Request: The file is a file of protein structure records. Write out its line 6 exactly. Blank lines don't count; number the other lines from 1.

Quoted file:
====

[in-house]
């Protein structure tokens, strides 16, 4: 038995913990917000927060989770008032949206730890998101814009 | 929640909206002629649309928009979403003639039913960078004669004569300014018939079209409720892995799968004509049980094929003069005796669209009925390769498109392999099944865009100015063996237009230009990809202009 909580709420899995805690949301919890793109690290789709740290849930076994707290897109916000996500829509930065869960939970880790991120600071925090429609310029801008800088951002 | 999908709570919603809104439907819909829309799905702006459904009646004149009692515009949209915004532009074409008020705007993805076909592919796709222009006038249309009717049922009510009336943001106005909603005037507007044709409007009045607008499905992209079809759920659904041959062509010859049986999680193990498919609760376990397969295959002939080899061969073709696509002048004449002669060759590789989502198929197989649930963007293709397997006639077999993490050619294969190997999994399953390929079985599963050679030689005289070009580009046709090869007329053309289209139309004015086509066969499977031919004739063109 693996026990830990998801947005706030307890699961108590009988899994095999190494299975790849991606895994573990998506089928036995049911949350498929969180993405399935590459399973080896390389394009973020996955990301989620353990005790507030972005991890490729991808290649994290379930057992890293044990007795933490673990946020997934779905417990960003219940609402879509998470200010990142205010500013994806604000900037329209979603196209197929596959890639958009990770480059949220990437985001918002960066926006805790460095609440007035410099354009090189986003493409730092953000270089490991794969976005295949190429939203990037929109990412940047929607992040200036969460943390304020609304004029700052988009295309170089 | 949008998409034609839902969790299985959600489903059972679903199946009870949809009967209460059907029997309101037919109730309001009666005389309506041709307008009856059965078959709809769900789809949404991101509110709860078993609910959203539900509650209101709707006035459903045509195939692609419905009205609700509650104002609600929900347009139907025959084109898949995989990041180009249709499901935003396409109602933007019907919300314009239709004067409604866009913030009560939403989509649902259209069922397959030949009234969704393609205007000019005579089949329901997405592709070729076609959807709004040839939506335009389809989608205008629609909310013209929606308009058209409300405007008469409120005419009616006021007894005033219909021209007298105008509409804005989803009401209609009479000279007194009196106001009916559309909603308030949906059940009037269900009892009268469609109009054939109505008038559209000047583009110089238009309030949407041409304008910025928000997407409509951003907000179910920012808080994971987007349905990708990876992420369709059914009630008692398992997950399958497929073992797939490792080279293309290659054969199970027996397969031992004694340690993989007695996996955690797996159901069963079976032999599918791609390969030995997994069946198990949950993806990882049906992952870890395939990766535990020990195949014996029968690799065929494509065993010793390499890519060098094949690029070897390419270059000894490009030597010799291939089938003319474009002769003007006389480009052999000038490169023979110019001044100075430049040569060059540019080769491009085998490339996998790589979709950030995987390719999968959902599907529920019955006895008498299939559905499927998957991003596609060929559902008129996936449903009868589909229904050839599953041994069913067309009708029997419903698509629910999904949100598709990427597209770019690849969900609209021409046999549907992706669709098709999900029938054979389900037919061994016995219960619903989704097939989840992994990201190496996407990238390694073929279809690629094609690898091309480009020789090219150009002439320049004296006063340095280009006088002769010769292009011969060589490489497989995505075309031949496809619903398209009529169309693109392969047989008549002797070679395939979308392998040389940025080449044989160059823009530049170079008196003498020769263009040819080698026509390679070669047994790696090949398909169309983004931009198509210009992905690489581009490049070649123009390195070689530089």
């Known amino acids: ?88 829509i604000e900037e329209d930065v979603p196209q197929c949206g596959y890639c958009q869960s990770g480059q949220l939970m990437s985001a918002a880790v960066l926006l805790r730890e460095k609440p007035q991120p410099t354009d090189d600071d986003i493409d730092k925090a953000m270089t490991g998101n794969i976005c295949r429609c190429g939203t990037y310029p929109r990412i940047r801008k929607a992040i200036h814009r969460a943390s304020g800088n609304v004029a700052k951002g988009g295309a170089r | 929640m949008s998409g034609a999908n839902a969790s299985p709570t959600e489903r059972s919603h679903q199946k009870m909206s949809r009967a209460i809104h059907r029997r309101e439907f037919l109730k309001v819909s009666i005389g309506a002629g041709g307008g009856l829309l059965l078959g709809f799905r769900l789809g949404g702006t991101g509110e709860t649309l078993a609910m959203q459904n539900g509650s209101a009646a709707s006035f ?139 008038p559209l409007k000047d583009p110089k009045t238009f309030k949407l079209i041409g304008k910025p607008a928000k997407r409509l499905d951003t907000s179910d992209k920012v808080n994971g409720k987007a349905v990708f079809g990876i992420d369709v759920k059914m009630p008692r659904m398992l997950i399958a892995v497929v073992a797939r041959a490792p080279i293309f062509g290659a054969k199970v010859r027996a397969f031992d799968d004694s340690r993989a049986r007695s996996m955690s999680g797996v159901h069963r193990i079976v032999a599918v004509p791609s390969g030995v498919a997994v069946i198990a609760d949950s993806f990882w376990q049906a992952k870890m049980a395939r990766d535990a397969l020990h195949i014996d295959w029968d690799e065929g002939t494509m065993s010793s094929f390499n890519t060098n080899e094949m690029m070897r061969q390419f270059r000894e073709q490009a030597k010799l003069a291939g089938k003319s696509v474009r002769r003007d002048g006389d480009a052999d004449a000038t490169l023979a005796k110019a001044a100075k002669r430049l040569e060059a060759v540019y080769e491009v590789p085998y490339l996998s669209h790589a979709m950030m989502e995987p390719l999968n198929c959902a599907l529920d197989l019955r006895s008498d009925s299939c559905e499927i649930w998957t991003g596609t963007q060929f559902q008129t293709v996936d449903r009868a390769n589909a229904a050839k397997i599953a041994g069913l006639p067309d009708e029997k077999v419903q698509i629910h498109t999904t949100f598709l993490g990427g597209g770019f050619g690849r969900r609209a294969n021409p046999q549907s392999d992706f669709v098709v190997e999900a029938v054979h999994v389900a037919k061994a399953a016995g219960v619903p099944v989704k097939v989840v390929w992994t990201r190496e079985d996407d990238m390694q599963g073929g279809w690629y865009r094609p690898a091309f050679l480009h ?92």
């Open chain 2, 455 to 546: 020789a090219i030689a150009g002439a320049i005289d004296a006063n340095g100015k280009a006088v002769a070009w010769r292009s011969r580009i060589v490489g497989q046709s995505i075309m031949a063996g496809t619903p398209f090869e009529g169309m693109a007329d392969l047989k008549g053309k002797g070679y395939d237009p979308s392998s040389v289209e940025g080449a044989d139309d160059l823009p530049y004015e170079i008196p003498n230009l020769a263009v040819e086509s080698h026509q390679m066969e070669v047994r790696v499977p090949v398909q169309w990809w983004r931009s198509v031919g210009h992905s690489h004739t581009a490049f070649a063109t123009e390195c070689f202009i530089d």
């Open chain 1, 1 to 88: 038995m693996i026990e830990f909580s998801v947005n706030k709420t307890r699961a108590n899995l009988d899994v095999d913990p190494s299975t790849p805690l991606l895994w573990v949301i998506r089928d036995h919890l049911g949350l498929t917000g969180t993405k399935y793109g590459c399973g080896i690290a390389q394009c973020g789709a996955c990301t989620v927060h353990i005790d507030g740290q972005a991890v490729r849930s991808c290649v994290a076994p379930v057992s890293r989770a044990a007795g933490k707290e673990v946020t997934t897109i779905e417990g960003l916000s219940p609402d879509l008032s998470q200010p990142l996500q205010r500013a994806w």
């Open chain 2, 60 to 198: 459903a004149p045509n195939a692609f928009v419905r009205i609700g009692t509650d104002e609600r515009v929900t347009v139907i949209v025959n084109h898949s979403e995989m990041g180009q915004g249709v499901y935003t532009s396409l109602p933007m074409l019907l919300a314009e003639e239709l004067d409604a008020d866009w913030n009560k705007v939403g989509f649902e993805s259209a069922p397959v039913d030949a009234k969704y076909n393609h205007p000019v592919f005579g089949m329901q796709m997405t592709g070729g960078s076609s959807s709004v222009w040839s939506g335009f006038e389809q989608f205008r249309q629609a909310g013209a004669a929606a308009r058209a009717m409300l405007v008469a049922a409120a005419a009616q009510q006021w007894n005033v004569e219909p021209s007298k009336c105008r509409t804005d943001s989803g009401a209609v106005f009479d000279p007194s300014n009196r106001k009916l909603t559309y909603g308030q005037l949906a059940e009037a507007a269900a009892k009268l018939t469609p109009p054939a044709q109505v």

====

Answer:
């Open chain 2, 60 to 198: 459903a004149p045509n195939a692609f928009v419905r009205i609700g009692t509650d104002e609600r515009v929900t347009v139907i949209v025959n084109h898949s979403e995989m990041g180009q915004g249709v499901y935003t532009s396409l109602p933007m074409l019907l919300a314009e003639e239709l004067d409604a008020d866009w913030n009560k705007v939403g989509f649902e993805s259209a069922p397959v039913d030949a009234k969704y076909n393609h205007p000019v592919f005579g089949m329901q796709m997405t592709g070729g960078s076609s959807s709004v222009w040839s939506g335009f006038e389809q989608f205008r249309q629609a909310g013209a004669a929606a308009r058209a009717m409300l405007v008469a049922a409120a005419a009616q009510q006021w007894n005033v004569e219909p021209s007298k009336c105008r509409t804005d943001s989803g009401a209609v106005f009479d000279p007194s300014n009196r106001k009916l909603t559309y909603g308030q005037l949906a059940e009037a507007a269900a009892k009268l018939t469609p109009p054939a044709q109505v």